Phosphorylation of the chromatin remodeling factor DPF3a induces cardiac hypertrophy through releasing HEY repressors from DNA


  • H. Cui
  • J. Schlesinger
  • S. Schoenhals
  • M. Toenjes
  • I. Dunkel
  • D. Meierhofer
  • E. Cano
  • K. Schulz
  • M.F. Berger
  • T. Haack
  • S. Abdelilah-Seyfried
  • M.L. Bulyk
  • S. Sauer
  • S.R. Sperling


  • Nucleic Acids Research


  • Nucleic Acids Res 44 (6): 2538-2553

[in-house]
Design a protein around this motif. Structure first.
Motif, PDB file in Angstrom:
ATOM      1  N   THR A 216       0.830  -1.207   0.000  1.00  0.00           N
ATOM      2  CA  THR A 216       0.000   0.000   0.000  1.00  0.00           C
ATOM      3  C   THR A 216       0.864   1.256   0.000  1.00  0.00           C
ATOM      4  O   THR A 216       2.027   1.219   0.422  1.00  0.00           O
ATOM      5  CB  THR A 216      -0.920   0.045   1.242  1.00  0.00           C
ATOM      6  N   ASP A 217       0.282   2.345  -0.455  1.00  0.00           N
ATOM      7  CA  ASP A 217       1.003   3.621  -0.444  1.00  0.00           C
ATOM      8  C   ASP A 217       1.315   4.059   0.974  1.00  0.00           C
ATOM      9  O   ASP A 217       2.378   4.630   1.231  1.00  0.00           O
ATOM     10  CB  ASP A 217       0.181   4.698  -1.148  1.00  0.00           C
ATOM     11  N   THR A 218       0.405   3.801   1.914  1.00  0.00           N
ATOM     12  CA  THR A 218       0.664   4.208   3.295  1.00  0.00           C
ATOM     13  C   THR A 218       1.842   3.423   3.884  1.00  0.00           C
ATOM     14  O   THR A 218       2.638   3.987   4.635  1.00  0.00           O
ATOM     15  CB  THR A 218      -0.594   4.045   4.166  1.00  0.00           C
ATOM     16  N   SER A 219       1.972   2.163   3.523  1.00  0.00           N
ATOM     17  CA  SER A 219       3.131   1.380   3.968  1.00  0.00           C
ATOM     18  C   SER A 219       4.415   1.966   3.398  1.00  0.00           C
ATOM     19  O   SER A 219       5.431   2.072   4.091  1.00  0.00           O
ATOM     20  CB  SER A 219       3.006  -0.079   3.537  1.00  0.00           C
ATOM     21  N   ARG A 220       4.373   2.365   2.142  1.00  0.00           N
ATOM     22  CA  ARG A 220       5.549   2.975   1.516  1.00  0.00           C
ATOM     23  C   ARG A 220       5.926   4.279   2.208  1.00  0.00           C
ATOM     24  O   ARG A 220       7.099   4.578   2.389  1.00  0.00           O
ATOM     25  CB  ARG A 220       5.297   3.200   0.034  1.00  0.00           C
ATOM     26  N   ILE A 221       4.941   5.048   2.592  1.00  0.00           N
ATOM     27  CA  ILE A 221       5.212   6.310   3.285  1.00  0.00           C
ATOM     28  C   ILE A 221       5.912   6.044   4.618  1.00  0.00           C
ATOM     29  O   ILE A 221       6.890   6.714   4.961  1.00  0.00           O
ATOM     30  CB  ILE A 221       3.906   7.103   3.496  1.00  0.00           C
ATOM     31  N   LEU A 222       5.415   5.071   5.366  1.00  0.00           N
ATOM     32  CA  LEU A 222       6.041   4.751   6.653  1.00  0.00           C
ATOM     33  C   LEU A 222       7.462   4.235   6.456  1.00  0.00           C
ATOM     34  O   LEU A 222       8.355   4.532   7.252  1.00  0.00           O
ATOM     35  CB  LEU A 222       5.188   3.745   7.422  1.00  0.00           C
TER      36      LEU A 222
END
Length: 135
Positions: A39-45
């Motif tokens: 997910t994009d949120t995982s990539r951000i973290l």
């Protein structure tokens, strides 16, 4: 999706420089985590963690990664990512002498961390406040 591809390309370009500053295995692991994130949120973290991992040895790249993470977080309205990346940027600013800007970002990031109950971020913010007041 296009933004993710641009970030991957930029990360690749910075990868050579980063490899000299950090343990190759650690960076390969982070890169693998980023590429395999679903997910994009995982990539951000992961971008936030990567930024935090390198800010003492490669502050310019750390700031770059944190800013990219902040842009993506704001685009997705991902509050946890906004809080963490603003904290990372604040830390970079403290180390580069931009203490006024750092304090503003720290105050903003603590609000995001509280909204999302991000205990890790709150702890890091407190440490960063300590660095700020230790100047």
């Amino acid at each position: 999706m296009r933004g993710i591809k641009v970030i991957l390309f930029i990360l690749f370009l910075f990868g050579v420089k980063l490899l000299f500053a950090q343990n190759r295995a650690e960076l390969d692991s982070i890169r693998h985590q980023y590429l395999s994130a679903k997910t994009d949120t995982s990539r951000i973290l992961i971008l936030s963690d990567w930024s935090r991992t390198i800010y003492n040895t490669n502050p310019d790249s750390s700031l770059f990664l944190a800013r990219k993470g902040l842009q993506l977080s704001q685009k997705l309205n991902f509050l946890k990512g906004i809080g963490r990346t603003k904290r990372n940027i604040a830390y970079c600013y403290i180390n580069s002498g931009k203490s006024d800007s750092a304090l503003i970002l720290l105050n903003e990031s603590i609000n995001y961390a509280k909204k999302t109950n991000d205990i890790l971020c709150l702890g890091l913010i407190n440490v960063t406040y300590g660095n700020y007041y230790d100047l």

• DPF3 (BAF45c) is a member of the BAF chromatin remodeling complex. Two isoforms have been described, namely DPF3a and DPF3b. The latter binds to acetylated and methylated lysine residues of histones. Here, we elaborate on the role of DPF3a and describe a novel pathway of cardiac gene transcription leading to pathological cardiac hypertrophy. Upon hypertrophic stimuli, casein kinase 2 phosphorylates DPF3a at serine 348. This initiates the interaction of DPF3a with the transcriptional repressors HEY, followed by the release of HEY from the DNA. Moreover, BRG1 is bound by DPF3a, and is thus recruited to HEY genomic targets upon interaction of the two components. Consequently, the transcription of downstream targets such as NPPA and GATA4 is initiated and pathological cardiac hypertrophy is established. In human, DPF3a is significantly up-regulated in hypertrophic hearts of patients with hypertrophic cardiomyopathy or aortic stenosis. Taken together, we show that activation of DPF3a upon hypertrophic stimuli switches cardiac fetal gene expression from being silenced by HEY to being activated by BRG1. Thus, we present a novel pathway for pathological cardiac hypertrophy, whose inhibition is a long-term therapeutic goal for the treatment of the course of heart failure.